Rennes railways station is about 15 minutes from the Balthazar Hotel on foot if you’re walking at a leisurely pace or if you’re carting along a suitcase. The station is an interesting design and looks fairly new.
At the entrance to the station I find this sign of the name of the station in both French and what I presume is Breton.
Access to the trains is via the upper level of the station. To access the platforms, passengers need to show their ticket to one of the SNCF staff waiting by the stairs. It’s a lot like boarding a plane.
There’s even a lounge, but seeing as I only arrive at the station about ten minutes before departure, I don’t have the time to visit.
The TGV to Paris today is sold out. Access to the platform is restricted to holders of a valid ticket for exactly this train. In Rennes two TGVs are merged to run as a twin composition nonstop to Paris. The first train to arrive is the TGV from Brest. This is followed a few minutes later by the train from Quimper. The number of the carriages are numbered through from the first train to the second.
I know, I know. I’ve already said this before. But damn it, that TGV is really something. We slowly pull out of the station at Rennes at 11h35, so we’re on time (are you reading this Deutsche Bahn…?). We run over a few points to change tracks until eventually we’re on the TGV’s own dedicated line. And then, about five minutes out of Rennes, the TGV accelerates to 300km/h and just keeps on going like that until we reach Paris ninety minutes or 350 kilometres later. Trains heading for the Atlantic coast arrive and depart from Paris Montparnasse, which is one of the smaller stations in Paris. Deutsche Bahn, are you still reading this? Because we actually pull into Montparnasse station four minutes ahead of schedule.
But I’m going off again. Sorry. In any case, the short-haul trains that serve Fontainebleau leave from Gare de Lyon, which is also the station for the Mediterranean division of the TGV and all trains heading south to France’s Mediterranean coast. Funnily enough, this also includes Switzerland, which is in fact landlocked…
To get from Montparnasse to Gare de Lyon I take the metro line 6. I alight at Bercy station, which is then only a short walk of about ten minutes to Gare to Lyon. I guess you could also change to another metro line at Bercy to take you the one stop to Gare de Lyon. But with all the walking you do in the metro, I doubt you’d be any faster.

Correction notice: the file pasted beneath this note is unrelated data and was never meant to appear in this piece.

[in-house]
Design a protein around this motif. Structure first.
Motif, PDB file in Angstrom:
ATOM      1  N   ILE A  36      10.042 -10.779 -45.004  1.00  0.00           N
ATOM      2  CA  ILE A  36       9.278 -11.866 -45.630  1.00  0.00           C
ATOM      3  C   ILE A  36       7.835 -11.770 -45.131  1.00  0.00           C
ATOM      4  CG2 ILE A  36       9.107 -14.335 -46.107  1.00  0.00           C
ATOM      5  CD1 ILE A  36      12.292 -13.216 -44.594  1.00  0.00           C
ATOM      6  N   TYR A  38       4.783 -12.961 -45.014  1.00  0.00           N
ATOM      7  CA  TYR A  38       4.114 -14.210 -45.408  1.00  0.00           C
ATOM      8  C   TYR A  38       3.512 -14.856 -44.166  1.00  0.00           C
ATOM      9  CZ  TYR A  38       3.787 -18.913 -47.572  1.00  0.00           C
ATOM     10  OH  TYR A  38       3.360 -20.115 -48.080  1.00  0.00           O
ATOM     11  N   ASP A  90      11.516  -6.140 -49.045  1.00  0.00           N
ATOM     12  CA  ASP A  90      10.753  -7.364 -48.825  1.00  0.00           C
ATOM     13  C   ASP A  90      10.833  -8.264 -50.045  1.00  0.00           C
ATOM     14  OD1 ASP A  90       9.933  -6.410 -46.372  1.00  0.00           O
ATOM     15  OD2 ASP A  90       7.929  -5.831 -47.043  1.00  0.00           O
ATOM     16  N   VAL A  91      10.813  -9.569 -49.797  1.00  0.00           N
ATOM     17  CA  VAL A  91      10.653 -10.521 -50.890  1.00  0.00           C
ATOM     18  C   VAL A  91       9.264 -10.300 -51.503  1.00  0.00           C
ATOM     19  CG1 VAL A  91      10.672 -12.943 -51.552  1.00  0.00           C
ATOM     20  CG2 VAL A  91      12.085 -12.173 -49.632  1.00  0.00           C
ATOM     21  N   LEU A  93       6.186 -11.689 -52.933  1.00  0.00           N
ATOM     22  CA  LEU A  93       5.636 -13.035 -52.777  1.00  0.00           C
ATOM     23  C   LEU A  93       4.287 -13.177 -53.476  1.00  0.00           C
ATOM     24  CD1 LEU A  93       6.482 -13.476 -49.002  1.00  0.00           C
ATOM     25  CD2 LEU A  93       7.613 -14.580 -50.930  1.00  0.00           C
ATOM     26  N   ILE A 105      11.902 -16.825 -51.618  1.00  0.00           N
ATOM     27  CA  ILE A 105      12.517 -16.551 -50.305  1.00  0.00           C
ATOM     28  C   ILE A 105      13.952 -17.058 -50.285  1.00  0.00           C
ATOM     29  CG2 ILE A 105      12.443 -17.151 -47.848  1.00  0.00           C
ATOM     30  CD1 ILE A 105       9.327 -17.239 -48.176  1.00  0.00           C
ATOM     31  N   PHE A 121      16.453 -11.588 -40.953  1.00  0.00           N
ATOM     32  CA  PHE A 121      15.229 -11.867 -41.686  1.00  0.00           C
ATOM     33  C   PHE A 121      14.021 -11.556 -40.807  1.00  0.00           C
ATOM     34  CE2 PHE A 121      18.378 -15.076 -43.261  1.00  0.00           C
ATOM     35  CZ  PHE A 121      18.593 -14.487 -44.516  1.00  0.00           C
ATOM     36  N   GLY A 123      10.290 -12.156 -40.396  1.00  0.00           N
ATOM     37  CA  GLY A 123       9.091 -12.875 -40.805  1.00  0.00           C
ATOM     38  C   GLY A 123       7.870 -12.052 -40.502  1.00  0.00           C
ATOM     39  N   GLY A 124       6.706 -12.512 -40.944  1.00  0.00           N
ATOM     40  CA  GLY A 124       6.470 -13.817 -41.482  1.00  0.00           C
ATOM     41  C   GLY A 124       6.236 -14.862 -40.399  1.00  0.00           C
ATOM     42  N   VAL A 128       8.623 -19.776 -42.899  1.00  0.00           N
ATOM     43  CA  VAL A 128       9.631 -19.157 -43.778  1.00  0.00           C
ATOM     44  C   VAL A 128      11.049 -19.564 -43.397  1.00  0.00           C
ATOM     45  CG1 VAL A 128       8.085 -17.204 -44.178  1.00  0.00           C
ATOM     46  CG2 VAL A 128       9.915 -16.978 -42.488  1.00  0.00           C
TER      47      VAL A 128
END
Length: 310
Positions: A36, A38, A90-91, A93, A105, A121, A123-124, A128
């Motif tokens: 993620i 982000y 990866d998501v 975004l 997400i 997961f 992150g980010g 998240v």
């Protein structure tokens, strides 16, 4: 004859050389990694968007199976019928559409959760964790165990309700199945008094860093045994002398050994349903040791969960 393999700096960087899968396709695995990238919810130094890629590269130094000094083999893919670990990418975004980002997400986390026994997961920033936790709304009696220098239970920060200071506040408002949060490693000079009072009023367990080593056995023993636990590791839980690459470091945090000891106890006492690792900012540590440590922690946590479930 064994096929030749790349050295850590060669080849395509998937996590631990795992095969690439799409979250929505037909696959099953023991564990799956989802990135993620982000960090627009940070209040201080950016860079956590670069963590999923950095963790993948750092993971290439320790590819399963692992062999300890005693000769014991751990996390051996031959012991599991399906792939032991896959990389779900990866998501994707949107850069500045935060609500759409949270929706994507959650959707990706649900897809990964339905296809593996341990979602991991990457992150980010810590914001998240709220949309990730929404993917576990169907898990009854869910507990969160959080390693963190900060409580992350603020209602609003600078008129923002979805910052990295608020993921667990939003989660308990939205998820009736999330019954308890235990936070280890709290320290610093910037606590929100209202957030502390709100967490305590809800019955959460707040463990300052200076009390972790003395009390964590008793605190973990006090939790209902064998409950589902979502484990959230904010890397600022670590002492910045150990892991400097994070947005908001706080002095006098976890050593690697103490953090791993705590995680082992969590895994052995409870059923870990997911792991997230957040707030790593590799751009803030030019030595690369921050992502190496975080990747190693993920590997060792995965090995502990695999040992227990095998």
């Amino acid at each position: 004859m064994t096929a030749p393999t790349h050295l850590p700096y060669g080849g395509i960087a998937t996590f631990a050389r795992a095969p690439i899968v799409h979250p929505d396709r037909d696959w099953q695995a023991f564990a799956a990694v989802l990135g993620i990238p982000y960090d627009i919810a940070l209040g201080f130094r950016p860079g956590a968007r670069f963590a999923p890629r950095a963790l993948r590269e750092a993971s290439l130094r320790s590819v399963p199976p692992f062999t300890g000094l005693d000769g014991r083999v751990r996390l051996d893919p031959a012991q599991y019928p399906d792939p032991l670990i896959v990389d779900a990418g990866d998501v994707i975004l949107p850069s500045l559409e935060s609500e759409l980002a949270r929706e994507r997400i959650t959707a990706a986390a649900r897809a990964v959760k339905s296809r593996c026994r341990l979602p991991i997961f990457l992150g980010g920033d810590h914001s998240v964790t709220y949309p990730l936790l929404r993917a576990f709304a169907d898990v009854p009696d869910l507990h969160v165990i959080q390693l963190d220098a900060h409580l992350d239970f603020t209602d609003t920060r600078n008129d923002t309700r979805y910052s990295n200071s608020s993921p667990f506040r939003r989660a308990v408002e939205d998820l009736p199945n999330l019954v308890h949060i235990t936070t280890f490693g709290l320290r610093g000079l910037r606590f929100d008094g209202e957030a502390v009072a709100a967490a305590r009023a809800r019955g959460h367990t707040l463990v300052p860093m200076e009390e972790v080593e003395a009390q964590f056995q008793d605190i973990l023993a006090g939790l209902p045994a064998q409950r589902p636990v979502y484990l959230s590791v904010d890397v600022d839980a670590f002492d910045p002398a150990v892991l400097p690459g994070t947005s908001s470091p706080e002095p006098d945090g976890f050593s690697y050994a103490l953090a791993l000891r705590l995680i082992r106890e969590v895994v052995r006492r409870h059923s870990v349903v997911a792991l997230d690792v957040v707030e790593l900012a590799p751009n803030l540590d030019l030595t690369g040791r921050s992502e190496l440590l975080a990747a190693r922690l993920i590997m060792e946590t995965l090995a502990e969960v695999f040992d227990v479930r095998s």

By the time I reach Gare de Lyon it’s just coming up to 14h00 and I haven’t had lunch yet. They’re also working on the line to Fontainebleau until 15h30. Which is why I wisely made a reservation for 14h00 at the Train Bleu to while away the time with some good food. At least that’s my excuse and I’m sticking to it…
Today my pleasure is pissaladère of langoustine with shellfish cream bavarois and anchovy purée.
Followed by a divine gratin of macaroni with lobster in a thick bisque, served with nice, crusty bread.
And the fluffiest lemon soufflé I’ve ever laid eyes on, served with wild thyme sorbet.
Tickets for the RER short-haul train to Fontainebleau can be purchased at the machine. Just be warned though that there are machines for the long-distance and TGV trains, and other machines for the short-haul and île de France trains. The trip to Fontainebleau takes 39 minutes and costs EUR5 for a oneway in second class. To the best of my knowledge, there is no first class carriage on this train.
I alight at Fontainebleau Avon, which is a different village to where the château is. From here I can either take the bus lines 1 or 8 to Fontainebleau. It’s a journey of a little less than 15 minutes and costs EUR1.50.
I’m aware of the fact that I probably don’t travel enough on the TGV to say I’m an experienced TGV buff, and I’m sure they have delays like other trains too. Nonetheless, I think the state of the French railway network is nothing short of impressive. It’s not just that they have the funkiest, meanest rolling stock out there and a very nice onboard product. It’s also the fact that the network and infrastructure have been invested in continuously to be able to offer passengers a good and reliable service. Which is exactly where the Deutsche Bahn have failed. The ICE trains may be nice and comfy, but the obsolete infrastructure make the trains prone to serious delay and unreliable service. I fully support shifting to rail travel within Europe. But for that to happen on a large scale, the railway companies need to put on their big-boy trousers and step up to the plate. From what I can tell, the French railways with the SNCF are already doing a pretty good job with their extensive TGV network.